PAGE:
It is necessary to bear in mind that the question dealt with is a purely legal one, and bears solely on the fact of excommunication. It is not even intended by the author to decide whether a valid excommunication could have been inflicted for any of Savonarola's actions. He confines himself strictly to an appreciation of the justice and validity of the censure actually pronounced, and because censures are surrounded with so many legal conditions and technicalities, many of them affecting validity, it is clear that in the present case we must not content ourselves with deciding whether the actions of the censured party merited censure, or even whether the Pope actually declared him excommunicate. The crucial question is, was the law fully observed as regards its requirements for validity? If not, the censure was null and void, and Savonarola was not really excommunicated. Father O'Neil's conclusion is that in Savonarola's case there was no process, no proof, no judgment, such as are demanded by the canons; the necessary citations and warnings were never given ; and hence the sentence of excommunication is void. The argumentation is based entirely on documents bearing on the case.
In November 1496, there appeared a Bull threatening excommunication latae sententiae against any one who should impede in any way the incorporation of St. Mark's Convent in the new Tusco-Roman province. The persons against whom this threat was really directed were the prior of St. Mark's, Savonarola, and his friends, and it was equivalent to a warning. Failure to heed the terms of this letter would certainly entail excommunication. In May of the next year another letter appeared, ,in which Savonarola was pronounced excommunicate for three reasons,-because he preached pernicious doctrine, to the scandal and loss of souls, because he refused to go to Rome when summoned by the Pope, because he declined to unite St. Mark's Convent with the newly-formed Tusco-Roman congregation. Father O'Neil's statement that there was no Bull of excommunication issued, either of inflictive or declaratory sentence, is hardly reconcilable with this last papal edict. But the manner in which the author disposes of the reasons alleged in the Bull leaves nothing to be desired.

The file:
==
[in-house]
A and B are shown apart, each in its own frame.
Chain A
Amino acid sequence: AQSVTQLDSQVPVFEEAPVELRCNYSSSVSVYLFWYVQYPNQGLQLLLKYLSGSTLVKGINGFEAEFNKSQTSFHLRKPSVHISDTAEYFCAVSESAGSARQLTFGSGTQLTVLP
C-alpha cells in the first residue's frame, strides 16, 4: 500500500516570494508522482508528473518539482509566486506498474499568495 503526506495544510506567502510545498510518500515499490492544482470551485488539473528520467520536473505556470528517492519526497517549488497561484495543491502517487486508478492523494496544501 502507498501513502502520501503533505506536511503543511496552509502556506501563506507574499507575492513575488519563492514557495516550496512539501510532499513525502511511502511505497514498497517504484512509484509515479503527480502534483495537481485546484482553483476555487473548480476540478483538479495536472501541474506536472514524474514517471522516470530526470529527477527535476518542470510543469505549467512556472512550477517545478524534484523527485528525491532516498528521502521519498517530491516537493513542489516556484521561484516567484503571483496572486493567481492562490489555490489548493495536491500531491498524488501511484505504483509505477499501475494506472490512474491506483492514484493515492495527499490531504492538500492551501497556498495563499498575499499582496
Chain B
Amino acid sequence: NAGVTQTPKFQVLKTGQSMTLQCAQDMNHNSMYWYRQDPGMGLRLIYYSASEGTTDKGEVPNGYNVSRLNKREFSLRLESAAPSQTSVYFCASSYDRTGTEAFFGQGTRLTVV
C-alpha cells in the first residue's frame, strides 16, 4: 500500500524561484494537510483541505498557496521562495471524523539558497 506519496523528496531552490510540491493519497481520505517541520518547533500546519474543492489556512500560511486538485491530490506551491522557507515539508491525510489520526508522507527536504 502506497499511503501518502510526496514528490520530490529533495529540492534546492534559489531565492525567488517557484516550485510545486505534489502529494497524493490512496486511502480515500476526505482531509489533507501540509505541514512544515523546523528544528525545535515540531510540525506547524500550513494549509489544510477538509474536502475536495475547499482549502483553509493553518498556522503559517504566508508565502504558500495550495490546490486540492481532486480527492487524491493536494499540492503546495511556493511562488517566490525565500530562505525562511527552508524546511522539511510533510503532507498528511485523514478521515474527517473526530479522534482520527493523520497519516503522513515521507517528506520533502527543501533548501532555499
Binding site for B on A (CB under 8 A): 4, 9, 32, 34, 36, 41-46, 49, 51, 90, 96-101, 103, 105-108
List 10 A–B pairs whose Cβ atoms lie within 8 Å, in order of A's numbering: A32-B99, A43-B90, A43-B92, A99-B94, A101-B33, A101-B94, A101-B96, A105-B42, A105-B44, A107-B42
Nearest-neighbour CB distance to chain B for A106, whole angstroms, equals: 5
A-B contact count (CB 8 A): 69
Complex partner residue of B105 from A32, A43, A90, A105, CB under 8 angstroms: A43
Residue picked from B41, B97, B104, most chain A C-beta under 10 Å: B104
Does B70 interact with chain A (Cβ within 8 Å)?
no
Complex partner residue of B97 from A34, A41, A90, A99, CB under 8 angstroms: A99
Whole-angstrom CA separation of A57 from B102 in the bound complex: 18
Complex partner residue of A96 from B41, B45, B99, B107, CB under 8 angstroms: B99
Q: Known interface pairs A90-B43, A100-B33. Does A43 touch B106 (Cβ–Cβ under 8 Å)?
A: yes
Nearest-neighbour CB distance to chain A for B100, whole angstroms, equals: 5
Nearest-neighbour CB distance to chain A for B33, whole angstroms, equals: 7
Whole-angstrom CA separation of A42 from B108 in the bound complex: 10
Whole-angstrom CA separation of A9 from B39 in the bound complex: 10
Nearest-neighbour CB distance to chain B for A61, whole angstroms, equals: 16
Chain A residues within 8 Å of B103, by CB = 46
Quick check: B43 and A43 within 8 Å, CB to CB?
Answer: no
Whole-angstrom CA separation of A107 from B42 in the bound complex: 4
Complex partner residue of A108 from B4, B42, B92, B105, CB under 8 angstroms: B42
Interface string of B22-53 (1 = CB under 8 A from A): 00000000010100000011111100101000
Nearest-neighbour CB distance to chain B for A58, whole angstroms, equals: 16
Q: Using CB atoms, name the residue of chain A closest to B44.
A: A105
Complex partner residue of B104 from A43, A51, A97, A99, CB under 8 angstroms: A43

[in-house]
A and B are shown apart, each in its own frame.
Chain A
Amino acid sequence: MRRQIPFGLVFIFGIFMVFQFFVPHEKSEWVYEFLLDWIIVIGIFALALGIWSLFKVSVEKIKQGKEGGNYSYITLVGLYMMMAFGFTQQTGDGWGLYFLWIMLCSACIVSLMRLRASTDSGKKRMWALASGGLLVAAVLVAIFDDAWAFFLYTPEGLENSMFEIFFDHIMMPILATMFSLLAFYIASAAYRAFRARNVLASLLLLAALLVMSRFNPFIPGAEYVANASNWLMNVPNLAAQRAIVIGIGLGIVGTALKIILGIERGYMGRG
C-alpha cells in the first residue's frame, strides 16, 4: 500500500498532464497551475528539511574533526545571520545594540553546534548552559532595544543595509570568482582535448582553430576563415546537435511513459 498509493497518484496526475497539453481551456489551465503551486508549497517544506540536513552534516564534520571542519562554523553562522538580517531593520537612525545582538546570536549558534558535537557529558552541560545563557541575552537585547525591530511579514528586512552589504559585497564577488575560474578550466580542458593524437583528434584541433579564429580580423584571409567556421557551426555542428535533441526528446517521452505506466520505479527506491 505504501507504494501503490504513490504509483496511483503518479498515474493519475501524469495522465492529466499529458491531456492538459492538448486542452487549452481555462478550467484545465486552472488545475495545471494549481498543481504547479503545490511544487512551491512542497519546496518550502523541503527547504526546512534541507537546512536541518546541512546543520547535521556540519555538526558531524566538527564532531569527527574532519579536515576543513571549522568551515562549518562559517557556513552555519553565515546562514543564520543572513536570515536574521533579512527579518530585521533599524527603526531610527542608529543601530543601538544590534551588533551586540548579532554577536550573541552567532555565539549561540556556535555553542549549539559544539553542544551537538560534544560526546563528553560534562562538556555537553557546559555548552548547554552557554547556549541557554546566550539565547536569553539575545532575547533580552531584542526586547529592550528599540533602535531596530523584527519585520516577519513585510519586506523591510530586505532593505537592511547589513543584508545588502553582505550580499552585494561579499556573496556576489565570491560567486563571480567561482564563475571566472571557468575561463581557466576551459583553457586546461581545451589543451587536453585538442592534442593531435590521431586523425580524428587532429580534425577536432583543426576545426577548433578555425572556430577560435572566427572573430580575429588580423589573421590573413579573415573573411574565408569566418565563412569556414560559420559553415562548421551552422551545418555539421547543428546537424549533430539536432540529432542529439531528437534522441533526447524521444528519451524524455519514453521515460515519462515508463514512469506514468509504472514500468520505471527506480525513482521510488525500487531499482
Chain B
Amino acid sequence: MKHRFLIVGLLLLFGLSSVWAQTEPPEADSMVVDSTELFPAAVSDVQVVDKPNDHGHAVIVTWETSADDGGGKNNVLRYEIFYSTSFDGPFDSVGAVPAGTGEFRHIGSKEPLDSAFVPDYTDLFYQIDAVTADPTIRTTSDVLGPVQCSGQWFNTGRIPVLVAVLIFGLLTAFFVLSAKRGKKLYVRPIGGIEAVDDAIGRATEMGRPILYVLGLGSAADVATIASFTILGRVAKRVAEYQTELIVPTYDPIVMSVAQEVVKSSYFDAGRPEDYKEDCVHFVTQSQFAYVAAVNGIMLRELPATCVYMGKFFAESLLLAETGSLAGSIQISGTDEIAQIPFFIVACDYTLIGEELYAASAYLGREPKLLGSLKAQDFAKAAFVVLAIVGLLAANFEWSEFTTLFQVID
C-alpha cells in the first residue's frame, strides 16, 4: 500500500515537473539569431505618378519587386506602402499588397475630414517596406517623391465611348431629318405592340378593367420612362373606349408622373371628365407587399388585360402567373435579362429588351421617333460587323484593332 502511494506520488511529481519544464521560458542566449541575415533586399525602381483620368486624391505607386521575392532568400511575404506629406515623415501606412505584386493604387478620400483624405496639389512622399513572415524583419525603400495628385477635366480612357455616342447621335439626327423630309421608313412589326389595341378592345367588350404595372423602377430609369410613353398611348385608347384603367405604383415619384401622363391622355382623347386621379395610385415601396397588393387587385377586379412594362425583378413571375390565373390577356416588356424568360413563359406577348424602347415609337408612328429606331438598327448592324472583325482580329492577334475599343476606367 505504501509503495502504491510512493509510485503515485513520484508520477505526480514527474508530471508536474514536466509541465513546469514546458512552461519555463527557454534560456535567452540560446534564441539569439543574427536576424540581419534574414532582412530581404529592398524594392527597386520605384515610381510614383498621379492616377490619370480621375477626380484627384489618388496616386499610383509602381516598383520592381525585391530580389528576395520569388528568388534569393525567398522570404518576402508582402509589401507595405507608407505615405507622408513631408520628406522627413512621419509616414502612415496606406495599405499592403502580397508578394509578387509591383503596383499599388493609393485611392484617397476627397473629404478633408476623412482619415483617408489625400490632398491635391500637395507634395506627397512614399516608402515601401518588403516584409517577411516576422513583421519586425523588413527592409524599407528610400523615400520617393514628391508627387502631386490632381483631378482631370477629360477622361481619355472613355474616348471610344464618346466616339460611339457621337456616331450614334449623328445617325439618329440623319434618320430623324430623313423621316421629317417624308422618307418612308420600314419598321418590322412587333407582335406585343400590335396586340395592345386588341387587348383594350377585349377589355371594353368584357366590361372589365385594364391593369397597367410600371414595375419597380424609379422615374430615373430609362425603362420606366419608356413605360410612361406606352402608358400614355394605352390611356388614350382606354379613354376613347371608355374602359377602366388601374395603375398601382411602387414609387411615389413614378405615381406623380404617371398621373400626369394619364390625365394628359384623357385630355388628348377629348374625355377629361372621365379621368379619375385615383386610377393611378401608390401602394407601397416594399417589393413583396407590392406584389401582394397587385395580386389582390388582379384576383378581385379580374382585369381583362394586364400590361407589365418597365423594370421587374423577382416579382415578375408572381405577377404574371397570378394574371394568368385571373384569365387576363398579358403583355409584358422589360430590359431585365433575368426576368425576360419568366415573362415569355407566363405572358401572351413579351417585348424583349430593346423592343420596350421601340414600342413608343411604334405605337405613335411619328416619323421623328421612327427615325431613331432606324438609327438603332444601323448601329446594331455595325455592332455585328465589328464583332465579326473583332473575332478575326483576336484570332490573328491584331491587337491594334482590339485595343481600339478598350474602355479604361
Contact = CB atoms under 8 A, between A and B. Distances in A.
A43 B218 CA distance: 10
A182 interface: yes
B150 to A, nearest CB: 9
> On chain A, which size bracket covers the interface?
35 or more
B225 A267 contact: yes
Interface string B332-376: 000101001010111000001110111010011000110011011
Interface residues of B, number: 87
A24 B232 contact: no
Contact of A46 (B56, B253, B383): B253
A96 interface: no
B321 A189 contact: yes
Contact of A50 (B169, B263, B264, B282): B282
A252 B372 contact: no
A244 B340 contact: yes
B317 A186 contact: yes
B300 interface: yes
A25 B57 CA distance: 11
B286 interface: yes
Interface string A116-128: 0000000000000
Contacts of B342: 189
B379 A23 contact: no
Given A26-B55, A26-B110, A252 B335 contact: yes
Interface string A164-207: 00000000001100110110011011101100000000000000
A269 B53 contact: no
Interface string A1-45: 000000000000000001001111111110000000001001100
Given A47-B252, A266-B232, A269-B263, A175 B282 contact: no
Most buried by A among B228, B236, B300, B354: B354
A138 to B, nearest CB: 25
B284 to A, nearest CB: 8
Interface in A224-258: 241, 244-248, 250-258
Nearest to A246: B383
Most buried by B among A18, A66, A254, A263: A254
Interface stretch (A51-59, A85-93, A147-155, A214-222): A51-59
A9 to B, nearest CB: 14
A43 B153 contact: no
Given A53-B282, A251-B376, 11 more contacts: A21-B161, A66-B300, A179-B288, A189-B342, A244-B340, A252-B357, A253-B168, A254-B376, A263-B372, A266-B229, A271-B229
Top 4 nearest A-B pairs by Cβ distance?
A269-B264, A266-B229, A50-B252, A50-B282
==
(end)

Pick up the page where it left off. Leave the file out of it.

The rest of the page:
The charge of pernicious doctrine is dismissed as groundless and a fabrication of the Arrabbiatti. Neither it nor the precept to visit Rome could serve as ground for an anathema, inasmuch as neither had been the object of warning or threat of censure. The third reason is the most serious, and, to prove it insufficient, recourse is had to a comparison between the Bull of excommunication and the letter in which the menace of censure is found. The latter document simply warned all persons not to interfere with or impede the union of convents under pain of excommunication. And yet the Pope says in the Bull of excommunication that he had ordered Savonarola to unite the convent of St. Mark's to the new province, under penalty of excommunication. The difference between the statement actually inserted in the earlier edict and the reference to it in the final one is very material. This discrepancy more than suffices to justify the contention that Friar Jerome was never excommunicated. For the last Bull issued did not inflict excommunication; it merely declared that it had been incurred because a certain command had been given and disobeyed. And since this command was never given and consequently never disobeyed, it is clear that the friar was punished for disobedience of which he had not been guilty. In other words, the excommunication was without cause, and therefore invalid.
This is not the only argument advanced by the author, but is by far the most conclusive. The attitude of the Dominican order, the tendencies of later Popes, the devotion of different saints, the celebration of Mass by the victim on the day of his execution, have at best but a confirmatory force, and in presence of a valid sentence of excommunication would be worthless.
The work is modestly termed an inquiry. The author disavows any pretension to decide the matter finally. And he is careful to emphasize the fact that we are not concerned with an ex-cathedra papal decision, but with a disciplinary pronouncement in which the Pope relied for information on persons who longed for the downfall of Savonarola. Especially to be commended are the profuse citations from original documents with which the work is enriched, and the very complete bibliography given in the appendix.
Rev. Doctor John T. Creagh